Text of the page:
I picked this classic book up after it was recommended by someone on the website Quora. I am considering someday writing a novel set in 1938 San Francisco, and because this one is in San Francisco basically in that era, it seemed appropriate. And I did get exposure to that era and location. What I didn’t plan on was a total lesson the art of writing a suspense novel. I can now say that anyone who ever plans writing a suspense novel should include this book as required reading. Here’s why:
1. Viewpoint. Most novels today (including my own) are written either in first person or in third person with internal dialogue. This one is written in third person, but with only an external viewpoint, no internal dialogue. At first glance, you might think that would be a disadvantage, because it would prevent readers from identifying with the main character. But what it does accomplish is allowing the reader to be continually surprised by what happens next. The main character, the infamous Sam Spade, comes across as someone who could end up being a hero or a villain, which makes for some very interesting reading.
2. Characterization. From the very first paragraph, the reader knows this is not your typical novel with the gorgeous hero and heroine. OK, the heroine is gorgeous, but the hero is far from beautiful. What he is is crafty, street savvy, and three steps ahead of everyone else in the story. The other characters are colorful and entertaining as well. More interesting reading.
3. Dialogue. This is the main reason I wanted to read this book, and I wasn’t disappointed. The dialogue is credible, faithful to the era (the original version was written in 1929), and still fun. Here’s an example: apparently publishers were a little more hesitant to publish books with profanity in them. How does he handle this? The villain, an overly obese man named Gutman (great name!) says “By Gad!” which gets the point across without offending those of us who don’t take God’s name in vain. Here’s another: A teenager is shadowing Sam Spade. When he confronts the teenager, the book says: “He responded with a verb, followed by the word ‘you’. Colorful. And it gets the point across.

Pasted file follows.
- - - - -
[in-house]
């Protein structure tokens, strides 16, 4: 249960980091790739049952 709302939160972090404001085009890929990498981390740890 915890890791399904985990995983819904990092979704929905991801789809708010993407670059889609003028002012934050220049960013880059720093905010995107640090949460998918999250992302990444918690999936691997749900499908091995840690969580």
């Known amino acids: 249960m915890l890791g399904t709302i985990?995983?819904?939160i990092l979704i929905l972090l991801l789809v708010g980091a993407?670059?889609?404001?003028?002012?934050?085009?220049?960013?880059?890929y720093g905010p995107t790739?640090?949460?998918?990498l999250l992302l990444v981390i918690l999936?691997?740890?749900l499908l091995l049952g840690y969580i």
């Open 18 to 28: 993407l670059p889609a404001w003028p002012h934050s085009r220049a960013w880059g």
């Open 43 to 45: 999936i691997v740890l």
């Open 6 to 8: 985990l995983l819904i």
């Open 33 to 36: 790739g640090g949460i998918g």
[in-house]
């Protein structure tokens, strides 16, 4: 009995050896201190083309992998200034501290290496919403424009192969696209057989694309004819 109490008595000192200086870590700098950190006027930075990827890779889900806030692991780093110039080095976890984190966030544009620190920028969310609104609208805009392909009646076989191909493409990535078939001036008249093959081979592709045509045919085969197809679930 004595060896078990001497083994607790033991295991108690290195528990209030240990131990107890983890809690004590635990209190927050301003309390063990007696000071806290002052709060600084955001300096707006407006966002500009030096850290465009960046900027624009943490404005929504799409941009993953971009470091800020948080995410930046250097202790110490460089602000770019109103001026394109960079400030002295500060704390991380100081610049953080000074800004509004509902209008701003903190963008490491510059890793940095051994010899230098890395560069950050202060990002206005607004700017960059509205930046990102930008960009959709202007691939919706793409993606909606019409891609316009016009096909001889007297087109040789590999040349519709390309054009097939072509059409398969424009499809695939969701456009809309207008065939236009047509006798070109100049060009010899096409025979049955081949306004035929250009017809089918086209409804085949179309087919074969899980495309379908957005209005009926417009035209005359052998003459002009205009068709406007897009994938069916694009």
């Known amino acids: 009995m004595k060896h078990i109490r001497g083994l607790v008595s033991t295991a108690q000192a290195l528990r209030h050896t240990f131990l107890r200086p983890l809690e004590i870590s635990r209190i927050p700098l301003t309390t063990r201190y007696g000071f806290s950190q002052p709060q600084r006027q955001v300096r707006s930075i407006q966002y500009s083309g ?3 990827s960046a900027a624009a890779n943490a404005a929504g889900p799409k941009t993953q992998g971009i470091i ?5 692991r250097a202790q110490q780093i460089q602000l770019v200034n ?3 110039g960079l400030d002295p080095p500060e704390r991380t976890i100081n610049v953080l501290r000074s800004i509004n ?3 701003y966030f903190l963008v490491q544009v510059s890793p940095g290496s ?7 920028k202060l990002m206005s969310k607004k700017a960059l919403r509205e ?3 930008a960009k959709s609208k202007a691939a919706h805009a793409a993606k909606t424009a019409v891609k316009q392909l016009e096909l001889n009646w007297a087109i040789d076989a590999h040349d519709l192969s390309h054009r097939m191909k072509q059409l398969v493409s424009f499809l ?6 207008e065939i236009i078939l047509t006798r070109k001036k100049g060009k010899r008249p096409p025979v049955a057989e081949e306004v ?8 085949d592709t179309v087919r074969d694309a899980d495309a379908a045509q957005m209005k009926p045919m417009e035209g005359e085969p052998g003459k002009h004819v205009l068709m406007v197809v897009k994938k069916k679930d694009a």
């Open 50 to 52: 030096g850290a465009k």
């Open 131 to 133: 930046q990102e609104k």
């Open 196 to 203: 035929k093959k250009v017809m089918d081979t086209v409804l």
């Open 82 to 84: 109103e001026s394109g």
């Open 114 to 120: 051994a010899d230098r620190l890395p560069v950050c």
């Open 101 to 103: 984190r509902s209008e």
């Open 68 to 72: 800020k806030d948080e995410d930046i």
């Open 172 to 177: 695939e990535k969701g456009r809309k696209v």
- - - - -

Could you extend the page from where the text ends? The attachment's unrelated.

4. Description. Wonderful description, and written with a panache that you don’t see much anymore.
5. Plotting. I won’t give you the ending, but even I was surprised with how it all panned out. And I love to be surprised in what I read.
Most people know this book because of the great movie starring Humphrey Bogart, Peter Lorre and Charles Laughton (which I will be watching in the next few days). But those of who prefer the book to the movie won’t go wrong by reading this book. It’s not long, but there is a great deal to take away from this one.
As I said earlier, it’s a must read for anyone who wants to write suspense. I give it five out of a possible five stars.